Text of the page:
Step 1 above. I used the Arthurian legend of the word for my ‘The’ and ‘A’. Yours might be different. To me, I’ll always think of The Sword as Excalibur in comparison to any other, which just is a sword. This is a unique example of primal imagery.

Step 2-5 above. I could’ve removed the face with the tongue and simply left the symbol for ‘D’. I’d know what it represented based on the symbols that came after. I left it here for the purposes of this demonstration. This process is finetuning your symbology set, and you’ll encounter it often to make memorising as efficient as possible.

The car represents ‘liability’ since I believe universally, people see car crash and think ‘Accident’ > ‘Insurance’ > ‘Liability’. Notice also how I’ve tried to keep colours, spacing, and geometry consistent and precise. Not only so that your mind builds familiarity with it, but so that sentence conversion is a quick process. Last, I excluded ‘of’ because again, context will tell you what this question means. I don’t think there’s a linguistic difference between ‘(3) three types of liability’ and ‘(3) three types liability’.

Steps 6-10 can be done in Anki, similar programs or in real life. I don’t believe there’s a need to demonstrate it you with pictures.

Depending on interactions with this post, I might do a part two that deals with more technical neurology, further testing with sample groups, chemistry (nootropics, health, sleep) and uncovering how previous generations of humanity dealt with mnemonics (e.g. Francis Bacon’s scientific method).

  1. ^

    J Bormuth, C Aker Is the Tachistoscope a Worthwhile Teaching Tool? Jan. 1961 International Literacy Association.

  2. ^

    J Brown Teaching Reading With The Tachistoscope Winter 1958 International Literacy Association; S. Renshaw The visual perception and reproduction of forms by tachistoscopic methods 1945 Journal of Psychology: Interdisciplinary and Applied.

  3. ^

    Renshaw and the Tachistoscope (; G Wells Pilot-study use of the tachistoscope in elementary grade reading 1956 University of the Pacific Theses and Dissertations.

  4. ^

    J Tassinari Reliability and Validity of a Computerized Tachistoscope Test Dec. 2016 Vision Development & Rehabilitation.

  5. ^

    A Panshin (n 3); L Goldentouch Tachistoscope principle 2 May 2015 Key to Study.

  6. ^

    As above.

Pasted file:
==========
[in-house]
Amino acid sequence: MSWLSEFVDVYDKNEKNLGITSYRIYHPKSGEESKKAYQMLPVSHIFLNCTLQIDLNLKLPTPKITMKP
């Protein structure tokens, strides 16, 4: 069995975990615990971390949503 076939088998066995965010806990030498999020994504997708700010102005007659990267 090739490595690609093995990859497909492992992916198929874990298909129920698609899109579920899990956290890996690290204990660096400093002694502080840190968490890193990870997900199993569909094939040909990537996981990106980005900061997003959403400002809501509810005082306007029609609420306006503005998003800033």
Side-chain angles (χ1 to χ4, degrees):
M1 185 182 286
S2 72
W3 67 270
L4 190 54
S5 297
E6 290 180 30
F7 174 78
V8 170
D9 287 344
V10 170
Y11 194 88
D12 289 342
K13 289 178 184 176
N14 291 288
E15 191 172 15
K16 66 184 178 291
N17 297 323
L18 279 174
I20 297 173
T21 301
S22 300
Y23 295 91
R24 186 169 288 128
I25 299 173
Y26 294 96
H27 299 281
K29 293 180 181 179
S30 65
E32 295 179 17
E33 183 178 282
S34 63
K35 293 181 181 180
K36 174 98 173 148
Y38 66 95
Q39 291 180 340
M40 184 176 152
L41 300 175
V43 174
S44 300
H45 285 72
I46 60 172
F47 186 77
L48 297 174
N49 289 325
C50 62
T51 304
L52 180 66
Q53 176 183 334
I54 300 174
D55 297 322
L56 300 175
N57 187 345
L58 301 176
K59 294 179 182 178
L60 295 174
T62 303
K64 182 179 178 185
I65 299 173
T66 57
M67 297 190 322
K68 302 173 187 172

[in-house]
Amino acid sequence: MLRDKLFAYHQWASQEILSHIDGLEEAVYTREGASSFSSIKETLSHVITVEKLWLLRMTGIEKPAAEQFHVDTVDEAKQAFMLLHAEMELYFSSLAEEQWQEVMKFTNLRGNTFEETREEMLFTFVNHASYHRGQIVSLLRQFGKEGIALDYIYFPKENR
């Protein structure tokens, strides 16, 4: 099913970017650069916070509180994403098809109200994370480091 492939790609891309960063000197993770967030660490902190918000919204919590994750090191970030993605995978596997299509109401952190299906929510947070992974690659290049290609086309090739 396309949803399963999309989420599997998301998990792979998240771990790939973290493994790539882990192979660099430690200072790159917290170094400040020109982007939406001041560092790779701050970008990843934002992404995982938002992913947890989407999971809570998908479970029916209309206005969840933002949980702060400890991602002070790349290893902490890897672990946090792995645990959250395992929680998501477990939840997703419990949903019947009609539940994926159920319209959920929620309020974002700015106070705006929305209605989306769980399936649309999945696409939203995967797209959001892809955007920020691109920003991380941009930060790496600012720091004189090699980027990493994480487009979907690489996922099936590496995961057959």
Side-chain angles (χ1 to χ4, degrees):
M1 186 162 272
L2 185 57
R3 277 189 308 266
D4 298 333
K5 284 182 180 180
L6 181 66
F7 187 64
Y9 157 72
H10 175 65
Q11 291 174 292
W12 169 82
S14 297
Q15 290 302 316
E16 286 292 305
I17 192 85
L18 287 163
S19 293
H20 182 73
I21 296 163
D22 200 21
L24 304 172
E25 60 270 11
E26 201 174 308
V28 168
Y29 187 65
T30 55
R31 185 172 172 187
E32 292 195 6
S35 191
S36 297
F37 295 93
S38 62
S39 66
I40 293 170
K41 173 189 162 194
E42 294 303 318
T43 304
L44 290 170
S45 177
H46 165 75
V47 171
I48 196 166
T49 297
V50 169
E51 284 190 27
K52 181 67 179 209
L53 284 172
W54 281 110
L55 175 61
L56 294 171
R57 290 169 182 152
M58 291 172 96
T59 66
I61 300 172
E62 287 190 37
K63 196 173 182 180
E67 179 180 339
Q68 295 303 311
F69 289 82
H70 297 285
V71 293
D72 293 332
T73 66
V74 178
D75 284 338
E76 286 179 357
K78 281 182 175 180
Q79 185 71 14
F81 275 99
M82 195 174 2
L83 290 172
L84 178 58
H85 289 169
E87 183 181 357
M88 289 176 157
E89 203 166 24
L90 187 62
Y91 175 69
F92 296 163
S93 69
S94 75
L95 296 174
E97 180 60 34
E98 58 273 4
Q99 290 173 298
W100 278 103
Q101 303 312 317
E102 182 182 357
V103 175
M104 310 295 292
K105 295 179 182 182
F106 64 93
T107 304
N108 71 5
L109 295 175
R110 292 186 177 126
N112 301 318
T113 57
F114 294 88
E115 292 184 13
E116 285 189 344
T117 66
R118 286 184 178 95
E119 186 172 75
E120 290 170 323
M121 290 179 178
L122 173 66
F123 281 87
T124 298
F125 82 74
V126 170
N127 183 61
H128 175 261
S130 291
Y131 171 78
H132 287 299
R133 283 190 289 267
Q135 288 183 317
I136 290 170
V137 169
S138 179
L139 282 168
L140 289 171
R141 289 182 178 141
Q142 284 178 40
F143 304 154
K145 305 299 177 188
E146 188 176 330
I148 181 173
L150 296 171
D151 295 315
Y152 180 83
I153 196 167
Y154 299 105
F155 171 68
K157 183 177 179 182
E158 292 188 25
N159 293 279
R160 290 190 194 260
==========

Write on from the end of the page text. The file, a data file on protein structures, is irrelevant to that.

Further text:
7. ^
  8. ^

    A Panshin (n 3).

  9. ^

    H Lin The Effects of White Noise on Attentional Performance and On-Task Behaviours in Preschoolers with ADHD 21 Nov. 2022 Int J Environ Res Public Health.

  10. ^

    S Gualtieri, A Finn The Sweet Spot: When Children’s Developing Abilities, Brains, and Knowledge Make Them Better Learners Than Adults 11 Apr. 2022 Perspect Psychol Sci.

  11. ^

    Learning before bedtime could improve memory – new study | News and events | Loughborough University ( I can’t find the actual study associated with this article, let me know if you do.

  12. ^

    K Klein, B Adriel Expressive writing can increase working memory capacity 2001 Journal of Experimental Psychology: General.

  13. ^

    A Honig, A Nealis What do young children dream about? Jan. 2011 Early Child Development and Care; What Processes in the Brain Allow You to Remember Dreams? | Scientific American.

  14. ^

    G Chevet, T Baccino and Others What breaks the flow of reading? A study on characteristics of attentional disruption during digital reading 12 Oct. 2022 Front Psychol.

  15. ^

    M Thalmann, A Souza and Other How does chunking help working memory? 26 Apr. 2018 J Exp Psychol Learn Mem Cogn.

  16. ^
  17. ^

    List of people claimed to possess an eidetic memory—Wikipedia even wikipedia confuses the term ‘eidetic’ and ‘photographic’ contradicting themselves later in the same article.

  18. ^

    A Ralby, M Mentzelopoulos and Other Learning Languages and Complex Subjects with Memory Palaces 17 Jun. 2017 Communications in Computer and Information Science.

  19. ^

    A Cunff Memory bias: how selective recall can impact your memories 17 Nov. 2020 Ness Labs.

  20. ^

    T Wager, L Atlas The neuroscience of placebo effects: connecting context, learning and health 21 Jun. 2018 Nat Nev Neurosci.

  21. ^

    K Potkin, W Bunney Jr. Sleep Improves Memory: The Effect of Sleep on Long Term Memory in Early Adolescence 7 Aug. 2012 PLoS One; A Reichelt, R Westbrook and Others Editorial: Impact of Diet on Learning, Memory and Cognition 19 May 2017 Front Behav Neurosci.

  22. ^